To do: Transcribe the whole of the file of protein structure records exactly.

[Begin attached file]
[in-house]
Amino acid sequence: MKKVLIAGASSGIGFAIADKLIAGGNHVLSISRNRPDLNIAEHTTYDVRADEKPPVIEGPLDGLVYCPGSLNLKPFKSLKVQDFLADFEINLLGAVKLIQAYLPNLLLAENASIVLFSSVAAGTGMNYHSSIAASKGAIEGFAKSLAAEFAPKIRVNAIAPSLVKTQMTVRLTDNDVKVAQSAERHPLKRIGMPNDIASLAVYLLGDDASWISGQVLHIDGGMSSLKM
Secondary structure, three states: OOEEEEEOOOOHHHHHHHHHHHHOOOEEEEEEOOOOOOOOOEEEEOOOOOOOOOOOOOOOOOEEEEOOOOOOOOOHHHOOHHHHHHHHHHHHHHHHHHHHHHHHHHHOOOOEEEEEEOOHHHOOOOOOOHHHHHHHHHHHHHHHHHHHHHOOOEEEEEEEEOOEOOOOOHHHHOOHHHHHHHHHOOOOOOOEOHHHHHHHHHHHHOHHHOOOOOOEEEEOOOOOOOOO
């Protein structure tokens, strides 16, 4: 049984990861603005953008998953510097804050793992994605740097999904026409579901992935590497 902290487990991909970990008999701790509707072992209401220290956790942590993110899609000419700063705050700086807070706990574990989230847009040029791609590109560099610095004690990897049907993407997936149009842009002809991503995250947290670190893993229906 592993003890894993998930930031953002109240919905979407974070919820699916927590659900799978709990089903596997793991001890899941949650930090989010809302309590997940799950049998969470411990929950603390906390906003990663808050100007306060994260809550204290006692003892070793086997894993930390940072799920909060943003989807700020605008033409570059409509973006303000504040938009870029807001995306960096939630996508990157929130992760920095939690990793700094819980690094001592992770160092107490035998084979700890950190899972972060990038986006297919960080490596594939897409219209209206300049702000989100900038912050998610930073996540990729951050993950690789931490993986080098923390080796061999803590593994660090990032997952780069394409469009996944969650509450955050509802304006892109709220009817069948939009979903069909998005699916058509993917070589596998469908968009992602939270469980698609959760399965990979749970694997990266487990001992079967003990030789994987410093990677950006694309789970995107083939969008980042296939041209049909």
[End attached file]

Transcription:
[in-house]
Amino acid sequence: MKKVLIAGASSGIGFAIADKLIAGGNHVLSISRNRPDLNIAEHTTYDVRADEKPPVIEGPLDGLVYCPGSLNLKPFKSLKVQDFLADFEINLLGAVKLIQAYLPNLLLAENASIVLFSSVAAGTGMNYHSSIAASKGAIEGFAKSLAAEFAPKIRVNAIAPSLVKTQMTVRLTDNDVKVAQSAERHPLKRIGMPNDIASLAVYLLGDDASWISGQVLHIDGGMSSLKM
Secondary structure, three states: OOEEEEEOOOOHHHHHHHHHHHHOOOEEEEEEOOOOOOOOOEEEEOOOOOOOOOOOOOOOOOEEEEOOOOOOOOOHHHOOHHHHHHHHHHHHHHHHHHHHHHHHHHHOOOOEEEEEEOOHHHOOOOOOOHHHHHHHHHHHHHHHHHHHHHOOOEEEEEEEEOOEOOOOOHHHHOOHHHHHHHHHOOOOOOOEOHHHHHHHHHHHHOHHHOOOOOOEEEEOOOOOOOOO
């Protein structure tokens, strides 16, 4: 049984990861603005953008998953510097804050793992994605740097999904026409579901992935590497 902290487990991909970990008999701790509707072992209401220290956790942590993110899609000419700063705050700086807070706990574990989230847009040029791609590109560099610095004690990897049907993407997936149009842009002809991503995250947290670190893993229906 592993003890894993998930930031953002109240919905979407974070919820699916927590659900799978709990089903596997793991001890899941949650930090989010809302309590997940799950049998969470411990929950603390906390906003990663808050100007306060994260809550204290006692003892070793086997894993930390940072799920909060943003989807700020605008033409570059409509973006303000504040938009870029807001995306960096939630996508990157929130992760920095939690990793700094819980690094001592992770160092107490035998084979700890950190899972972060990038986006297919960080490596594939897409219209209206300049702000989100900038912050998610930073996540990729951050993950690789931490993986080098923390080796061999803590593994660090990032997952780069394409469009996944969650509450955050509802304006892109709220009817069948939009979903069909998005699916058509993917070589596998469908968009992602939270469980698609959760399965990979749970694997990266487990001992079967003990030789994987410093990677950006694309789970995107083939969008980042296939041209049909």